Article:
Australia Visa

The visa you apply for in Australia depends on the purpose of your visit, whether it is for tourism, business, work, study or family visit. Holders of passports from many countries can easily apply for a visa online, those who do not must submit a paper application at an embassy or consulate.

What Is an Australian Visa?

An Australian visa allows you to travel to Australia for a specified period of time. Unlike many other countries, Australia does not have a visa stamp or sticker in your passport. Instead, your visa eligibility is recorded electronically in an online database and when you travel to Australia, the immigration officer will check the database to see if you have a visa.

Do I Need a Visa for Australia?

With the exception of New Zealanders (who can obtain a visa on arrival), all other people must apply for a visa or permit before traveling to Australia. For short stays, you can apply for an eVisitor, Electronic Travel Authority (ETA) or visitor visa, depending on your nationality:

On the other hand, if the purpose of your stay is to study or work for a longer period of time, non-New Zealanders must also apply for an appropriate visa.

Australia Visa Policy for New Zealanders

New Zealand citizens can visit, do business, study, work or live in Australia without first applying for a visa. New Zealand citizens are eligible for a special category visa (subclass 444), which can be applied for upon entry.

After living in Australia for five years, you can apply for permanent residency if you meet all other requirements, including income and health and safety checks. However, there is no time limit on SCV, so you can continue to live in Australia on SCV alone.

How Can I Get an Australian Visa?

Depending on your nationality, you can apply for an Australian visa online or at an Australian embassy/consulate:

  • Apply for an eVisitor through the online services of the Australian Department of Home Affairs.
  • Apply for an ETA (Electronic Travel Authority) through the official ETA portal of the Australian Department of Home Affairs.
  • You can apply for an Australian visa online or in person at an embassy or consulate.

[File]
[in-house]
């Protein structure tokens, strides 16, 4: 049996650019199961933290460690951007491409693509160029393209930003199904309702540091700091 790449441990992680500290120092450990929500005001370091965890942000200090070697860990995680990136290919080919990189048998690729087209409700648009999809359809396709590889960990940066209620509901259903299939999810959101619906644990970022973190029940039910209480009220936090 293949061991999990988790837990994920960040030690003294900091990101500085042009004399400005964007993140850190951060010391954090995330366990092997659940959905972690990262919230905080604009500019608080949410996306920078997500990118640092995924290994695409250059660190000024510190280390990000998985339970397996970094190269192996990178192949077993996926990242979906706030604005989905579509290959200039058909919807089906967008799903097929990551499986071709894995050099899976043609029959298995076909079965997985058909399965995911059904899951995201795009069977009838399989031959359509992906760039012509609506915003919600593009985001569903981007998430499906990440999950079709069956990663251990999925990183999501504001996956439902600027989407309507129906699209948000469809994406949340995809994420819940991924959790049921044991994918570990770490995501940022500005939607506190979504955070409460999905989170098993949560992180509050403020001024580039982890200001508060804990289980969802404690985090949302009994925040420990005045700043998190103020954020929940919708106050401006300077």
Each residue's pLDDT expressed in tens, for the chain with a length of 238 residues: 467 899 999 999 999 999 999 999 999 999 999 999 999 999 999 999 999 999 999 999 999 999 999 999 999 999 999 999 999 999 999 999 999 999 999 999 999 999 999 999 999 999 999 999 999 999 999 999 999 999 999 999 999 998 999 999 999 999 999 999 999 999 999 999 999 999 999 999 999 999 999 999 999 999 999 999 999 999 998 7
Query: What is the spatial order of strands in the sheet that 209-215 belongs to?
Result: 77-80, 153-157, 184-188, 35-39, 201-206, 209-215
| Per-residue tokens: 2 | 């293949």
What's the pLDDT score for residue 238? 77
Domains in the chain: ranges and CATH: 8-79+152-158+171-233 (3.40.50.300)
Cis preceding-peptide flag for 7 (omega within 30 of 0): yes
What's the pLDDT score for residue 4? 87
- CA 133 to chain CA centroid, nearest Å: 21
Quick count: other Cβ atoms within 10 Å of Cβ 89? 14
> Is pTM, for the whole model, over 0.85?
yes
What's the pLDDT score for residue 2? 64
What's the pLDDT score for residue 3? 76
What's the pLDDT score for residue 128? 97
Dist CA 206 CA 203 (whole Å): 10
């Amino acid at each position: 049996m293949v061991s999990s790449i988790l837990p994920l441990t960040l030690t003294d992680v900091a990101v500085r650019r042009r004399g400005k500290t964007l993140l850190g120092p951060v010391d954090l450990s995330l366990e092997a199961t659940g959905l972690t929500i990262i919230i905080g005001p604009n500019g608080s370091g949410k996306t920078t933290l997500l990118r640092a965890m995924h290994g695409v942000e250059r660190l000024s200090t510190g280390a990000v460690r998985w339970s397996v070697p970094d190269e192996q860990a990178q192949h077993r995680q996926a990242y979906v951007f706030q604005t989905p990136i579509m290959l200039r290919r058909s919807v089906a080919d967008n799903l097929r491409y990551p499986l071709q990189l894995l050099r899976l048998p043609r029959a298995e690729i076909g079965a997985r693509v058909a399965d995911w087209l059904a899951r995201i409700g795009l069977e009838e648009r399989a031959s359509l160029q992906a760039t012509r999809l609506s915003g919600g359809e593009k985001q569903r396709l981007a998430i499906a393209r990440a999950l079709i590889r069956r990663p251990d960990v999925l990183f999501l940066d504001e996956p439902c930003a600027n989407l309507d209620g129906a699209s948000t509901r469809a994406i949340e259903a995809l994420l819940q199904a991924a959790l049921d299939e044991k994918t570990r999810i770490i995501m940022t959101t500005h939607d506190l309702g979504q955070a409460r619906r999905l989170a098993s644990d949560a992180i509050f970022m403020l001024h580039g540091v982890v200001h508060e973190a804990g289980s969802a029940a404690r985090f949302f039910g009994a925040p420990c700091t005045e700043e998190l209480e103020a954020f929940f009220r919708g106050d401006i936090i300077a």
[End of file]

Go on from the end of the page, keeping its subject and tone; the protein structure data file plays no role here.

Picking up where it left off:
Do I Need to Submit Original Documents?

You do not need to provide original documents to apply for an Australian visa. If you are applying online, you must scan the document and attach it as an electronic file. If you are applying in paper form, you will need to submit certified copies. This means that you must make a copy of the document and send it to the person who will “certify” the document, and that person must write, “This is a certified copy of the original as viewed by me.”

However, not just anyone can issue a certificate. You must be an Australian citizen or a non-Australian practicing one of the “qualifying professions” such as a doctor, judge, court clerk, banker or police officer.

Here you can find out what documents you need for an Australian visa and who can provide them.

When Should I Apply For a Visa?

The time you need to apply for an Australian visa depends on the type of visa you are applying for.

  • If you are applying for a tourist visa, you must apply at least one month before your intended travel date, but it is possible that you will need more time. Although most applications are processed within a few weeks, there have been cases where tourist visa applications have taken more than four months.
  • If you are applying for an eVisitor or an ETA, you should easily apply about a week before your trip.
  • If you are applying for a long-term visa, such as a work visa, it can take several months to a year or more, so you should start the process as soon as possible.

Who Issues Australian Visas?

The authority that reviews and decides on all visa applications is the Australian Department of Home Affairs.

Australian Visa Types

Australian visas are divided into the following categories:

  • Visitor visas: This category is for short-term travelers who do not intend to settle in Australia and includes the following visas and travel authorizations:
    • Tourist Visa (Subclass 600)